Kelvin MacKenzie Offends Scots After Calling Nicola Sturgeon 'The Lady Who Runs Jockistan'

Kelvin MacKenzie Just Offended An Entire Country

One of The Sun's most controversial former editors upped his game on Monday by not just offending a whole city, but an entire country.

Kelvin MacKenzie, recently re-hired as a columnist for the Murdoch-owned paper, was behind the infamous 1989 front page story on the Hillsborough disaster, which put the blame for the 96 deaths on Liverpool football fans.

It was described in an editorial published after he left as "the most terrible mistake in our history", and a boycott on The Sun newspaper in Liverpool still remains.

Left, the rubbished '89 front page, right, The Sun's correction in 2012

But the veteran commentator this week caused uproar in Scotland, after referencing a highly contentious phrase considered by some as a slur against Scots.

In an interview with the BBC's Daily Politics, MacKenzie branded First Minister of Scotland Nicola Sturgeon "the lady who runs Jockistan".

Talking about Lib Dem leader Tim Farron on the second day of his party's annual autumn conference, Mackenzie said: "He's got 8 MPs - nobody cares, you know? We care more about the lady who runs Jockistan."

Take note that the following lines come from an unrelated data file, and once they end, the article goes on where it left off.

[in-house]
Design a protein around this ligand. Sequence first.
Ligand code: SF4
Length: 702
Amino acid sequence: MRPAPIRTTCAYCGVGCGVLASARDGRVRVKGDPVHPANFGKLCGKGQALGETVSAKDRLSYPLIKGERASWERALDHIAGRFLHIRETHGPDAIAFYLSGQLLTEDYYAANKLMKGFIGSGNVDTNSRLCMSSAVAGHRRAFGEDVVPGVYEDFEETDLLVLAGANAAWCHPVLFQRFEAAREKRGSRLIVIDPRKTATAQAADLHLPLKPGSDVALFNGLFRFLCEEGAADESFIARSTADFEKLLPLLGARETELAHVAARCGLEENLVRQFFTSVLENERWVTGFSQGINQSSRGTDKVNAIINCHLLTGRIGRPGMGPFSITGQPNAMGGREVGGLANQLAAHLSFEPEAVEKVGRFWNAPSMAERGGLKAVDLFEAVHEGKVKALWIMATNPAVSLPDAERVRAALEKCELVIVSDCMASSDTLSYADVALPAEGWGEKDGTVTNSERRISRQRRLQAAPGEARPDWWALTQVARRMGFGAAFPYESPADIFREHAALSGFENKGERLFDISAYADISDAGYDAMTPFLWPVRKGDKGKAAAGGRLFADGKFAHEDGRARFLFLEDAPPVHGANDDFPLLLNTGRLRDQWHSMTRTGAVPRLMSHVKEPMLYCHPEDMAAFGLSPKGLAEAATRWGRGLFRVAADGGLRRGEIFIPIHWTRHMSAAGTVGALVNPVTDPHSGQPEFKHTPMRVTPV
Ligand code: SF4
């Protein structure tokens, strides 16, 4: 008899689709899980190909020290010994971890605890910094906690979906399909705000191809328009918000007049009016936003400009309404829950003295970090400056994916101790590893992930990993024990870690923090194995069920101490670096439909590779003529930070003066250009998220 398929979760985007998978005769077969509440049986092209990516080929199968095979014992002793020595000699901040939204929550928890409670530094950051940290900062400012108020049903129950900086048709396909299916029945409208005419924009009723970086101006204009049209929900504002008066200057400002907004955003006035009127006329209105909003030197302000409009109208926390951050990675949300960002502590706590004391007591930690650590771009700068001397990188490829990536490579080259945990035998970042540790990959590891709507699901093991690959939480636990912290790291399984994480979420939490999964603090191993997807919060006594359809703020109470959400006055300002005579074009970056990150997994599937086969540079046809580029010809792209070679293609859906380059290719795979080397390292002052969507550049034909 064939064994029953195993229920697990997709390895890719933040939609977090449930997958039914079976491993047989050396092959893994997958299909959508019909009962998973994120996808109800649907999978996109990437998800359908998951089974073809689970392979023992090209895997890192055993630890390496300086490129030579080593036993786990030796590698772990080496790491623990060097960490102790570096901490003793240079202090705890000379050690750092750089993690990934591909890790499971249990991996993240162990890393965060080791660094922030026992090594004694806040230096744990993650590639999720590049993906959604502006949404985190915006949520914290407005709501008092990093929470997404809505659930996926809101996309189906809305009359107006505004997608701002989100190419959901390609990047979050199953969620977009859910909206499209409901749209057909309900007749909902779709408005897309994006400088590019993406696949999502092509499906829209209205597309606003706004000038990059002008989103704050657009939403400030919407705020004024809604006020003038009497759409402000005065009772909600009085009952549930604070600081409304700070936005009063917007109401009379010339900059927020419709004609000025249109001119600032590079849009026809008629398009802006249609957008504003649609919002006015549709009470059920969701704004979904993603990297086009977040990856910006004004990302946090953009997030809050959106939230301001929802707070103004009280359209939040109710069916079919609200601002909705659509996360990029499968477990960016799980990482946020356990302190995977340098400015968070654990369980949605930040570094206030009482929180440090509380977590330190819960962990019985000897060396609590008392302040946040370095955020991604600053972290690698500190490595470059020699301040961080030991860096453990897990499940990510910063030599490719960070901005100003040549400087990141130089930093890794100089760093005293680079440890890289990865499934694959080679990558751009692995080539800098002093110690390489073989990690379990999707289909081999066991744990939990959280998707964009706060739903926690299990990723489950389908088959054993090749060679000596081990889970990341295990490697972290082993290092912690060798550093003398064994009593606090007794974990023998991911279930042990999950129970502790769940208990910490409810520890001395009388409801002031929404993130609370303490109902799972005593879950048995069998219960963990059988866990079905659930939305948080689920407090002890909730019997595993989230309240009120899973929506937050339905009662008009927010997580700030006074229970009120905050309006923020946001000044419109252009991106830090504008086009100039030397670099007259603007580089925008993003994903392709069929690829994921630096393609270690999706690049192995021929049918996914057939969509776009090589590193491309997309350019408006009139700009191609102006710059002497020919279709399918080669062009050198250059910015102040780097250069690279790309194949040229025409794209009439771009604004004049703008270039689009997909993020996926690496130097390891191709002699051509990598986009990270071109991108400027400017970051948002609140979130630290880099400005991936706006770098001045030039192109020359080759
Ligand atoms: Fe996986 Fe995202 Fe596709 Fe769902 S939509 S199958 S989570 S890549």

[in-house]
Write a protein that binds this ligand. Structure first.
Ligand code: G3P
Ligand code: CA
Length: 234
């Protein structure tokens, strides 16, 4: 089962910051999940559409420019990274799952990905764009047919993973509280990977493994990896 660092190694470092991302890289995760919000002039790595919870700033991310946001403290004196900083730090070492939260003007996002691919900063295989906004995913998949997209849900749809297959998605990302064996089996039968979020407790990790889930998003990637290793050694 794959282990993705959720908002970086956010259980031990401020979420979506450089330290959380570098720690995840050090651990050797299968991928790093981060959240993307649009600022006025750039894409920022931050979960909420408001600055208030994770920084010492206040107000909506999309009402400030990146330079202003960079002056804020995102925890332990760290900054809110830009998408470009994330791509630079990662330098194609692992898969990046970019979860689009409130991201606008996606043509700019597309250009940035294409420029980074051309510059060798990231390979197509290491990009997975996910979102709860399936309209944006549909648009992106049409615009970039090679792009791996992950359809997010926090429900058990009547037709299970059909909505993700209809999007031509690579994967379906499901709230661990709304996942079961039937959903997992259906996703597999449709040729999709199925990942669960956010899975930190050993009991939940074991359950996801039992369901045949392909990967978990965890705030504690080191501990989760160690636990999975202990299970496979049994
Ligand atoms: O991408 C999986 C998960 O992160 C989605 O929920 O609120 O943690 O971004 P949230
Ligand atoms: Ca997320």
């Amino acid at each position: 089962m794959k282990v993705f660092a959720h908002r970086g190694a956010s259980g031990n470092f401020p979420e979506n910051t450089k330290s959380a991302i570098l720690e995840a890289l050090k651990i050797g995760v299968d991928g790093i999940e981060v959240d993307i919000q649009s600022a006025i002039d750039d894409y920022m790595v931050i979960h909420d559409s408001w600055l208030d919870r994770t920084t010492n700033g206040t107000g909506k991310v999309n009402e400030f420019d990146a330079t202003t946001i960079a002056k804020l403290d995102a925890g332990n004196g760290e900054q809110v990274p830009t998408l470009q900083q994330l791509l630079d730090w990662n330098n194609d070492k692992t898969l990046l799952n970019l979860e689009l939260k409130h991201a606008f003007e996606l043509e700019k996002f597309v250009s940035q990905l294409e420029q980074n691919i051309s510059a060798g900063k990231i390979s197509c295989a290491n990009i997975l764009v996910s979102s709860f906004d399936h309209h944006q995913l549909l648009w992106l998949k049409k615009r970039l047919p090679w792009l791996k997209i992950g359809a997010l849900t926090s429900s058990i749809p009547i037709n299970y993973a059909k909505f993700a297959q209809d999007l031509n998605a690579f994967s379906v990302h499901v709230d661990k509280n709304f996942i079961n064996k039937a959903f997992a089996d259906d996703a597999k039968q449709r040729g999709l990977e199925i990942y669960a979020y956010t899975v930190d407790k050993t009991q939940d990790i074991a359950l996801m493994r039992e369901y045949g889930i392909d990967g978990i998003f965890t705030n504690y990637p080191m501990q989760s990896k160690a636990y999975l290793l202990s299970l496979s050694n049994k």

His comment was meant with instant uproar, with some Scots taking Mackenzie to task for the alleged "racist" slur.

Many also piled in to criticise the BBC for not challenging Mackenzie's remark.

The news comes months after a heckler was forcibly removed from a Tory election campaign event in May this year after he accused David Cameron and his party of stirring up racism against Scots.

Party faithful booed as the heckler spoke and was ejected from the garden centre in Twickenham where the Prime Minister was speaking, decrying comments such as Boris Johnson's warning of an "ajockalypse" if the SNP were to wield influence over a Labour government after the election.

A spokesperon for The Sun told HuffPost UK that Mackenzie was employed as a columnist and "therefore his opinions do not necessarily reflect those of the newspaper".


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